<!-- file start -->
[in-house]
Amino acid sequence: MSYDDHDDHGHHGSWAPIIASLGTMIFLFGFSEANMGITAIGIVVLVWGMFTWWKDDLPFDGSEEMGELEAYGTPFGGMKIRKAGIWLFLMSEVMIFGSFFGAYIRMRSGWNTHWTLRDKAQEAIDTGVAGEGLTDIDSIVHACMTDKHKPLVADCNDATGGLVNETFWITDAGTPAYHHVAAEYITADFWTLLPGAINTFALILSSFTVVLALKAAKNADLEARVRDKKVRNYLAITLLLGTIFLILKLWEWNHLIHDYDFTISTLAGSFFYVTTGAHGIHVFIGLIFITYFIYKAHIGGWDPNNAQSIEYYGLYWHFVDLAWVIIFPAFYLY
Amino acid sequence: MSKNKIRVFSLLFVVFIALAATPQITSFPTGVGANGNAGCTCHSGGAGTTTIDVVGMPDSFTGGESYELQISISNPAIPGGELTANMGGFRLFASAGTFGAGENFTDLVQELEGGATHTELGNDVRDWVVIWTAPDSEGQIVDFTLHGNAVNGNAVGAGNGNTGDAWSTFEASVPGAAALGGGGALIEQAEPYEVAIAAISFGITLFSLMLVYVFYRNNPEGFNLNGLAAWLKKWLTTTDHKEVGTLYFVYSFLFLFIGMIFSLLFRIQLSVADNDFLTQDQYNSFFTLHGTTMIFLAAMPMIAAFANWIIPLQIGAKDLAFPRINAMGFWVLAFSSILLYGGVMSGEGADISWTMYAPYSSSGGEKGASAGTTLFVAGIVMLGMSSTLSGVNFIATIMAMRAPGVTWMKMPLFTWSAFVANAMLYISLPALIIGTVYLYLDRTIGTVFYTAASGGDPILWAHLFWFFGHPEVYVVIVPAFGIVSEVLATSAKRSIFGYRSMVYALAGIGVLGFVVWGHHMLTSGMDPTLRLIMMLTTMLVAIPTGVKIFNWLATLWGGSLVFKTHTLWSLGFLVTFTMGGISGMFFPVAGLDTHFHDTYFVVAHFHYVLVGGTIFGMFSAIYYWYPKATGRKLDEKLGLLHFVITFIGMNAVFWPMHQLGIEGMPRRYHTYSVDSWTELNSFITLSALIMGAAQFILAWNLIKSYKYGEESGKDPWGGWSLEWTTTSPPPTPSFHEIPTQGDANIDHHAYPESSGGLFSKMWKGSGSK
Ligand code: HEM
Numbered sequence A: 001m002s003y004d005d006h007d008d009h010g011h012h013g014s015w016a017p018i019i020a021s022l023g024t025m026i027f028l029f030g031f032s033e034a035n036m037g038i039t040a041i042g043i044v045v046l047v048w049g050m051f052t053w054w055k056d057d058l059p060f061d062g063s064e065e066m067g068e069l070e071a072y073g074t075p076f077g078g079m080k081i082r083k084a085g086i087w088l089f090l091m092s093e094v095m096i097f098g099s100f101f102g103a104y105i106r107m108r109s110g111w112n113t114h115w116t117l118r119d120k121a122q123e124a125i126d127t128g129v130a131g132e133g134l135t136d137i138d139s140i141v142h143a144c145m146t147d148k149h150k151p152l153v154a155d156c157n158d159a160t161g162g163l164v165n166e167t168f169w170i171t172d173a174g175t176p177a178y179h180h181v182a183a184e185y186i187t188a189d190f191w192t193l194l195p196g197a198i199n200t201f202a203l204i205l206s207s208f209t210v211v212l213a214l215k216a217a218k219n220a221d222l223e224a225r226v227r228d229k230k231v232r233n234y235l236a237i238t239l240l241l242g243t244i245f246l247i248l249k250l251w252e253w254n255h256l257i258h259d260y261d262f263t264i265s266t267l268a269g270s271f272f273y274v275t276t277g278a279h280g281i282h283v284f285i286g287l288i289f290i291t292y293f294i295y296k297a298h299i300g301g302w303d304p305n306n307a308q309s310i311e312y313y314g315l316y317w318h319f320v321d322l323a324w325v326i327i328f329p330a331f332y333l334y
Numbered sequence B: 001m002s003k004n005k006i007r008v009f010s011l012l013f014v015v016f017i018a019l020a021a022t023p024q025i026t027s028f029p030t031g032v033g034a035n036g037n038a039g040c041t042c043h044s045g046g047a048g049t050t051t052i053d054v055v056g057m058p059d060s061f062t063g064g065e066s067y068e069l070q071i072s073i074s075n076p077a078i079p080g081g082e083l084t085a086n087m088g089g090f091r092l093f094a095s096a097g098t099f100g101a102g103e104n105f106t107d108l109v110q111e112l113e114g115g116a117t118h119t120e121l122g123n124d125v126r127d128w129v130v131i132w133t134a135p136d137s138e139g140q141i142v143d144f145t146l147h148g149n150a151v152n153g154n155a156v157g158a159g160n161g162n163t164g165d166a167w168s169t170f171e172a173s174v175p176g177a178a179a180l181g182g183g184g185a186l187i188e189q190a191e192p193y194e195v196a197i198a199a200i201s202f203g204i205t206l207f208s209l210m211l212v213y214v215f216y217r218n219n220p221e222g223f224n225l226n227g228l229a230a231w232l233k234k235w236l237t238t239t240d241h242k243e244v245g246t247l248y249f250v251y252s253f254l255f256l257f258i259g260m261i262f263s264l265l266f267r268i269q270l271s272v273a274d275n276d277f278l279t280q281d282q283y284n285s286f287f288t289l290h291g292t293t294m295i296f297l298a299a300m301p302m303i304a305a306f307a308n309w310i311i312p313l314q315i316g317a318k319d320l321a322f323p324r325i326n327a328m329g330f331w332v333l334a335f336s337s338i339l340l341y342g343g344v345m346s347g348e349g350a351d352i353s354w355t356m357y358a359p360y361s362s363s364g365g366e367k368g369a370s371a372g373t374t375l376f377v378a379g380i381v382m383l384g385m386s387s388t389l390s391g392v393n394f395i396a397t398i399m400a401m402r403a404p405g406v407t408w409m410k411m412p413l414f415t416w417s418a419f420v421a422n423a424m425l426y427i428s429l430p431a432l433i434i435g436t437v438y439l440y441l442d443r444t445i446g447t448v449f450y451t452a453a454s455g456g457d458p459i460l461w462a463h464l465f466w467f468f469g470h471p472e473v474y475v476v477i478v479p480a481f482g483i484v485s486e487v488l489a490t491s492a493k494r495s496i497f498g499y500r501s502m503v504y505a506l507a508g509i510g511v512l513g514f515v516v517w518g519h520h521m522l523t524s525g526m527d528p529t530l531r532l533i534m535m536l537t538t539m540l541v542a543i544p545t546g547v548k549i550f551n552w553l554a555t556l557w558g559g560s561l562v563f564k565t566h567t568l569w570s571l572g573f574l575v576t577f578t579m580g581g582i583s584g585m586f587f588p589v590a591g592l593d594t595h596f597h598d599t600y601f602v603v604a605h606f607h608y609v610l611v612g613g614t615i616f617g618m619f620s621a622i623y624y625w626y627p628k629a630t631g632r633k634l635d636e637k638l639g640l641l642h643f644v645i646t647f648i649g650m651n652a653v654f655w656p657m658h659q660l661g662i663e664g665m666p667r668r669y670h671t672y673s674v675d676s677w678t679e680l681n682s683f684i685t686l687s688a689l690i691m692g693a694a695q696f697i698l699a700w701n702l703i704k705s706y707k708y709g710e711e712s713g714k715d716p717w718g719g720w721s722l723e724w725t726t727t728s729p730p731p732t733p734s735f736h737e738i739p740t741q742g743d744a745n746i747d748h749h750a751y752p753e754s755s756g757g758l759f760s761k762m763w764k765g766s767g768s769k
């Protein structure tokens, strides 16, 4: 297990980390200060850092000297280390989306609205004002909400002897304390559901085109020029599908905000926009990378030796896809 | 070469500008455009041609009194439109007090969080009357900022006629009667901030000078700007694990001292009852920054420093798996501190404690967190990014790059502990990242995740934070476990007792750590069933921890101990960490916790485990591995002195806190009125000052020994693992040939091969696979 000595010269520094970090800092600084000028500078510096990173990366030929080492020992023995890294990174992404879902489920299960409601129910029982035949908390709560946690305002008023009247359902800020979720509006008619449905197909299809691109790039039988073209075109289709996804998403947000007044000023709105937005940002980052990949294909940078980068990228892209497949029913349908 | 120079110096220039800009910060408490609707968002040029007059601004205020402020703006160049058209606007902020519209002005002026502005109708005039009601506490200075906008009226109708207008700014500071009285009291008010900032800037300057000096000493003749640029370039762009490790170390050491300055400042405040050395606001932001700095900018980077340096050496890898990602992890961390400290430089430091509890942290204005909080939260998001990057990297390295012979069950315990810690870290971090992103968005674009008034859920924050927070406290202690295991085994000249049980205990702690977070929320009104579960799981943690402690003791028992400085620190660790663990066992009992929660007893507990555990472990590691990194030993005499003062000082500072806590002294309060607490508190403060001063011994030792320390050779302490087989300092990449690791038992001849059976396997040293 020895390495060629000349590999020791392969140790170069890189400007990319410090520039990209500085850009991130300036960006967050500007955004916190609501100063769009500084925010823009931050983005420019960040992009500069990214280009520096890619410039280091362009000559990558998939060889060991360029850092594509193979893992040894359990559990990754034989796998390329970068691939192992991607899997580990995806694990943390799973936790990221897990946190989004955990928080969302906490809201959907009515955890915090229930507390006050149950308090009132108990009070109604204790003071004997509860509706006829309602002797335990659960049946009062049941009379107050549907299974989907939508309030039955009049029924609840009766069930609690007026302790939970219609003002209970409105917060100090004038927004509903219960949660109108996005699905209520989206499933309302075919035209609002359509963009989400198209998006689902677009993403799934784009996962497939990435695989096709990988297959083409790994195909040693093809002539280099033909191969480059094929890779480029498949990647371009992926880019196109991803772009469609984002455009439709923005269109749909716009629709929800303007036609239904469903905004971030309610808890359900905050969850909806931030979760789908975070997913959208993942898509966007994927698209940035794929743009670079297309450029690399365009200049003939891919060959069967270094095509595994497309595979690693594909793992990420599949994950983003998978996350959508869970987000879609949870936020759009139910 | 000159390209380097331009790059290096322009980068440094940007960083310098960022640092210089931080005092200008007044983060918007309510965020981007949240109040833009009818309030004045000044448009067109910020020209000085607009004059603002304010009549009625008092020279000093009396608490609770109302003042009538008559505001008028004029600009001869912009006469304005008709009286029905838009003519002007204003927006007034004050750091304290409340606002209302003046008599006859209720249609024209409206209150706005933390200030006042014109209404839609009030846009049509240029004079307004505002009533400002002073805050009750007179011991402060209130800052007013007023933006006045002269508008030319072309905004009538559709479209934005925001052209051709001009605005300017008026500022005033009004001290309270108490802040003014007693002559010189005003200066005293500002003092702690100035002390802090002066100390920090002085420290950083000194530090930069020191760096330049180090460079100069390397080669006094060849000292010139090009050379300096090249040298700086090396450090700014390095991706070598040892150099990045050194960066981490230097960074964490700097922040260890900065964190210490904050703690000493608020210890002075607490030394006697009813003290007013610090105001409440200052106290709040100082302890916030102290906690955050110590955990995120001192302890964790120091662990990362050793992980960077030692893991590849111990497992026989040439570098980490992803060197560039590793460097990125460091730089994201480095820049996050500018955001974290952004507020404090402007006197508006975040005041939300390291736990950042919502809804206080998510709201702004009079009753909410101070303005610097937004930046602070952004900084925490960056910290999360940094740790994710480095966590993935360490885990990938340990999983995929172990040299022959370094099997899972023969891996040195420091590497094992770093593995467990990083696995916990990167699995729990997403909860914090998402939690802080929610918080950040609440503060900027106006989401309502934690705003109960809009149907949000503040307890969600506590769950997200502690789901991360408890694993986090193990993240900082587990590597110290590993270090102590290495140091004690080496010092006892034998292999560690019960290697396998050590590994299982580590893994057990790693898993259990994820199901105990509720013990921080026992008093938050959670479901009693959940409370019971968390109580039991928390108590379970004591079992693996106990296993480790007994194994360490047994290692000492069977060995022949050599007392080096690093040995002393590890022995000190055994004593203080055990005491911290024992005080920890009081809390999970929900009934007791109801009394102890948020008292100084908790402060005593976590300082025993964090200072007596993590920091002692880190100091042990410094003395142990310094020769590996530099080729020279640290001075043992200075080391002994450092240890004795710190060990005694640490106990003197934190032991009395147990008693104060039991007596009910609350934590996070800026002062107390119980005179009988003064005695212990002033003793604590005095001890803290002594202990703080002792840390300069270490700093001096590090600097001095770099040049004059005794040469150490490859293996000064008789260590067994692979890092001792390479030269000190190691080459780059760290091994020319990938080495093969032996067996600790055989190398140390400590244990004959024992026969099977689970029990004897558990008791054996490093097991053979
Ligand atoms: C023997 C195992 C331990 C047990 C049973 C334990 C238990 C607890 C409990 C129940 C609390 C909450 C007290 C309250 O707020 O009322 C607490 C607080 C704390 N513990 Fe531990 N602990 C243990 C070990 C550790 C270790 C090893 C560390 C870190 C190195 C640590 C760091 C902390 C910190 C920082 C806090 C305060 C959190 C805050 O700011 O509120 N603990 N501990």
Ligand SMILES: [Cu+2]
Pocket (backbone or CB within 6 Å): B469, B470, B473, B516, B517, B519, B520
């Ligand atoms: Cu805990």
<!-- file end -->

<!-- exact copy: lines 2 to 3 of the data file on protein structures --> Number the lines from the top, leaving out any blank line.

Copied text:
Amino acid sequence: MSYDDHDDHGHHGSWAPIIASLGTMIFLFGFSEANMGITAIGIVVLVWGMFTWWKDDLPFDGSEEMGELEAYGTPFGGMKIRKAGIWLFLMSEVMIFGSFFGAYIRMRSGWNTHWTLRDKAQEAIDTGVAGEGLTDIDSIVHACMTDKHKPLVADCNDATGGLVNETFWITDAGTPAYHHVAAEYITADFWTLLPGAINTFALILSSFTVVLALKAAKNADLEARVRDKKVRNYLAITLLLGTIFLILKLWEWNHLIHDYDFTISTLAGSFFYVTTGAHGIHVFIGLIFITYFIYKAHIGGWDPNNAQSIEYYGLYWHFVDLAWVIIFPAFYLY
Amino acid sequence: MSKNKIRVFSLLFVVFIALAATPQITSFPTGVGANGNAGCTCHSGGAGTTTIDVVGMPDSFTGGESYELQISISNPAIPGGELTANMGGFRLFASAGTFGAGENFTDLVQELEGGATHTELGNDVRDWVVIWTAPDSEGQIVDFTLHGNAVNGNAVGAGNGNTGDAWSTFEASVPGAAALGGGGALIEQAEPYEVAIAAISFGITLFSLMLVYVFYRNNPEGFNLNGLAAWLKKWLTTTDHKEVGTLYFVYSFLFLFIGMIFSLLFRIQLSVADNDFLTQDQYNSFFTLHGTTMIFLAAMPMIAAFANWIIPLQIGAKDLAFPRINAMGFWVLAFSSILLYGGVMSGEGADISWTMYAPYSSSGGEKGASAGTTLFVAGIVMLGMSSTLSGVNFIATIMAMRAPGVTWMKMPLFTWSAFVANAMLYISLPALIIGTVYLYLDRTIGTVFYTAASGGDPILWAHLFWFFGHPEVYVVIVPAFGIVSEVLATSAKRSIFGYRSMVYALAGIGVLGFVVWGHHMLTSGMDPTLRLIMMLTTMLVAIPTGVKIFNWLATLWGGSLVFKTHTLWSLGFLVTFTMGGISGMFFPVAGLDTHFHDTYFVVAHFHYVLVGGTIFGMFSAIYYWYPKATGRKLDEKLGLLHFVITFIGMNAVFWPMHQLGIEGMPRRYHTYSVDSWTELNSFITLSALIMGAAQFILAWNLIKSYKYGEESGKDPWGGWSLEWTTTSPPPTPSFHEIPTQGDANIDHHAYPESSGGLFSKMWKGSGSK